Graduate Course Catalog
ECON 401 – Mathematical Methods of Economic Theory: Linear algebra and multivariate calculus, emphasizing results used in graduate-level economic theory courses.
ECON 410-1,2,3 – Microeconomics: Modern theory of consumer behavior and of the firm; competitive equilibrium; game theory; informational asymmetries in markets. (Required sequence.)
ECON 411-1,2,3 – Macroeconomics: Aggregative economic theory of consumption, investment, money, interest, price level, economic growth, and fluctuations. (Required sequence.)
ECON 412-1,2,3 – Economic Theory and Methods: Methodological aspects of modern economic theory. Problems in economic decision making, strategic interaction, and welfare economics.
ECON 414-1,2,3 – Economics of Information: Asymmetric information in markets and organizations. Topics include search, signaling, bidding, rational expectations, moral hazard, principal-agent problems, and contract-mechanism design.
ECON 415-1,2 – Advanced Microeconomics: Current topics in microeconomic theory; emphasis on mathematical formulations and techniques.
ECON 416-1,2,3 – Advanced Macroeconomics: Recent contributions to macroeconomics. Topics may include determinants of aggregate demand and supply; models of economic growth; money supply; interest rates; capital markets; and level of prices and outputs.
ECON 420-1 – Advanced Topics in American Economic History: New research techniques and results. Economic analysis of historical problems, particularly developments in the post-cliometric era.
ECON 420-2 – Advanced Topics in European Economic History: Application of economic theory and other quantitative techniques to studies of European economic evolution.
ECON 425-1,2,3 – Theory of Economic Development: Theories of economic development and growth. Includes both the macroeconomic aspects of long-term patterns of economic growth and the micro-economic structure, performance, and problems of developing economies.
ECON 430-1,2 – Monetary Theory and Policy: Advanced issues in national and international monetary theory and policy. (Courses on these topics are also taught as 416-1,2,3 and 460-1,2,3.)
ECON 436-1,2 – Theory and Practice of Public Finance: The design and effects of government spending and tax programs. Theoretical and empirical aspects of government spending and taxes are analyzed, primarily in the United States.
ECON 440-1,2,3 – Economics of the Labor Market: Theoretical and empirical study of the structure and functions of labor markets.
ECON 450-1,2,3 – Industrial Organization and Prices: Theoretical and empirical analysis of basic influences on industrial markets, their economic organization, practices and price formation, and related public policy issues.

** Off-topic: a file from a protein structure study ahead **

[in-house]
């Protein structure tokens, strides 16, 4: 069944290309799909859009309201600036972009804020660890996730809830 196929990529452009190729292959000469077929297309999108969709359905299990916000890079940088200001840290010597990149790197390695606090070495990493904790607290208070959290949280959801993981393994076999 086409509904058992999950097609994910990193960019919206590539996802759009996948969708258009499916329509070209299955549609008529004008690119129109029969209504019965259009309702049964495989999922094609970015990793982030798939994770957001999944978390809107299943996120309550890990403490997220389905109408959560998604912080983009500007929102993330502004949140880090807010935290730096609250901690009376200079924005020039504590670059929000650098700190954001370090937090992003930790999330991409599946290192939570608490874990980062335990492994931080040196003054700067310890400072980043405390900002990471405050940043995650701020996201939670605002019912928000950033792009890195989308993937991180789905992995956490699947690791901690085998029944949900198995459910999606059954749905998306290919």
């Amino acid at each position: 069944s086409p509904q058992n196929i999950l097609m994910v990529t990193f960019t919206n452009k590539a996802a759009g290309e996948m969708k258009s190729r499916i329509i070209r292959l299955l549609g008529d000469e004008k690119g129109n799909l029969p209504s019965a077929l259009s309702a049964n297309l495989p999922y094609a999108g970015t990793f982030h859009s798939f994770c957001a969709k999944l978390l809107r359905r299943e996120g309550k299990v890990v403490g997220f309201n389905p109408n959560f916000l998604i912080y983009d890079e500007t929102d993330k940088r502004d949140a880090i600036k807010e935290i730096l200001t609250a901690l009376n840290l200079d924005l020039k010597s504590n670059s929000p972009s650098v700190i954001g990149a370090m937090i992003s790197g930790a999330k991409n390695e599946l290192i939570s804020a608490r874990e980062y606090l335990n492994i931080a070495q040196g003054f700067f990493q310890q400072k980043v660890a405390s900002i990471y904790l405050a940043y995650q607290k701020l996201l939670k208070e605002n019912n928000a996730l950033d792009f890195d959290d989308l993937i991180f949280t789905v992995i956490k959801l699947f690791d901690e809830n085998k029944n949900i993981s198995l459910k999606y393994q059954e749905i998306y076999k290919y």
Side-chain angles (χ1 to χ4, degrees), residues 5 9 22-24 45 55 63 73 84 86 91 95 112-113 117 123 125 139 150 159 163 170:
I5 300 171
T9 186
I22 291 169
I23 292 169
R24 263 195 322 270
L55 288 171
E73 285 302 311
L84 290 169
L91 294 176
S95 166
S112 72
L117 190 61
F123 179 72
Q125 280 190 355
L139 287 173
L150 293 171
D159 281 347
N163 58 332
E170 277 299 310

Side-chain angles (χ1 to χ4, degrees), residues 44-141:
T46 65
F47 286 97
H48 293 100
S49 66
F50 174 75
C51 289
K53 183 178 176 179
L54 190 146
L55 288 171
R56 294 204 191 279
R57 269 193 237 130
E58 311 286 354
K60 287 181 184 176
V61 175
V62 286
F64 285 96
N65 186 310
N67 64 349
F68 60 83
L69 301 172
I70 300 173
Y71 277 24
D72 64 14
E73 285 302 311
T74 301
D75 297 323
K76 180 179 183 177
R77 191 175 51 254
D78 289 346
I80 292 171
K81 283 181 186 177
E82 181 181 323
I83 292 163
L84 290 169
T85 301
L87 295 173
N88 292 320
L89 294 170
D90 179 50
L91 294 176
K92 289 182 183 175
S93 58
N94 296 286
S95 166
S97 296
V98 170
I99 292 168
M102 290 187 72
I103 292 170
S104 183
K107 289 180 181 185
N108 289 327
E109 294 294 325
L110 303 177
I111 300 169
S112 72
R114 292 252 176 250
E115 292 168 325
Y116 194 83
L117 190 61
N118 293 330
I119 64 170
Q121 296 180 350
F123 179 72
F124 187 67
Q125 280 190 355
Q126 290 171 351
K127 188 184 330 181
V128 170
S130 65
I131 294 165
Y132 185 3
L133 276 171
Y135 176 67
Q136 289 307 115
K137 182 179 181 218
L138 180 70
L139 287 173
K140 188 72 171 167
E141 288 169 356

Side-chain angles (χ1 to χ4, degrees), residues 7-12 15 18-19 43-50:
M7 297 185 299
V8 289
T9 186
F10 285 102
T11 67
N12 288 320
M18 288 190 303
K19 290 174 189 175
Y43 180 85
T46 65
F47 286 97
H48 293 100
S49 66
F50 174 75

ECON 460-1,2,3 – International Economics: Analytical tools for understanding international and interregional economic relations. International trade policy. Relationship of theory to specific problems.
ECON 480-1,2,3 – Introduction to Econometrics: Nonparametric and linear regression, identification, principles of statistical inference, extremum estimators, asymptotic statistical theory, time series analysis, discrete response analysis, structural microeconometrics. (Required sequence.)
ECON 481-1,2,3 – Econometrics: Advanced theory of identification, estimation, and statistical inference. Includes partial identification of probability distributions, the bootstrap, refinements of asymptotic theory, and semi- and nonparametric structural microeconometrics.
ECON 482 – Applied Econometrics: Time-Series Methods: Topics include univariate ARIMA modeling, vector auto-regressions, autoregressive conditional heteroskedasticity, generalized method of moments, and nonstationary time series.
ECON 483 – Applied Econometrics: Cross-Section Methods: Methods used to analyze large cross-section and panel data sets with emphasis on applications. Analysis of covariance, fixed effects and random effects models, simultaneous equations and qualitative variables, and duration models.
ECON 498-1,2 – Advanced Topics in Economics: Topics vary with the field of specialization of visiting or regular faculty.
ECON 499 – Independent Study: Permission of instructor and department required. May be repeated for credit.
ECON 501 – Graduate Student Seminar: Student presentations of research papers. Primarily aimed at third year students.
ECON 515 – Research Seminar in Economic Theory: Open to graduate students with research interests in economic theory.
ECON 520 – Research Seminar in Economic History: Open to graduate students with research interests in economic history.
ECON 530 – Research Seminar in Macroeconomics: Open to graduate students with research interests in macroeconomics.
ECON 535 – Research Seminar in Applied Microeconomics: Open to graduate students with research interests in labor, public finance, health care, education and development economics.
ECON 536 – Research Seminar in Public Finance: Open to graduate students with research interests in public finance.
ECON 540 – Research Seminar in Labor Economics: Open to graduate students with research interests in labor economics.
ECON 550 – Research Seminar in Industrial Organization: Open to graduate students with research interests in industrial organization.
ECON 560 – Research Seminar in Development and Trade Economics: Open to graduate students with research interests in international economics and economic development.
ECON 580 – Research Seminar in Econometrics: Open to graduate students with research interests in econometrics.
Macroeconomics Lunch Seminar
January 8, 2015 • 12:00 PM - 1:00 PM
Short Course on Bandit Models
January 12, 2015 • 10:00 AM - 12:00 PM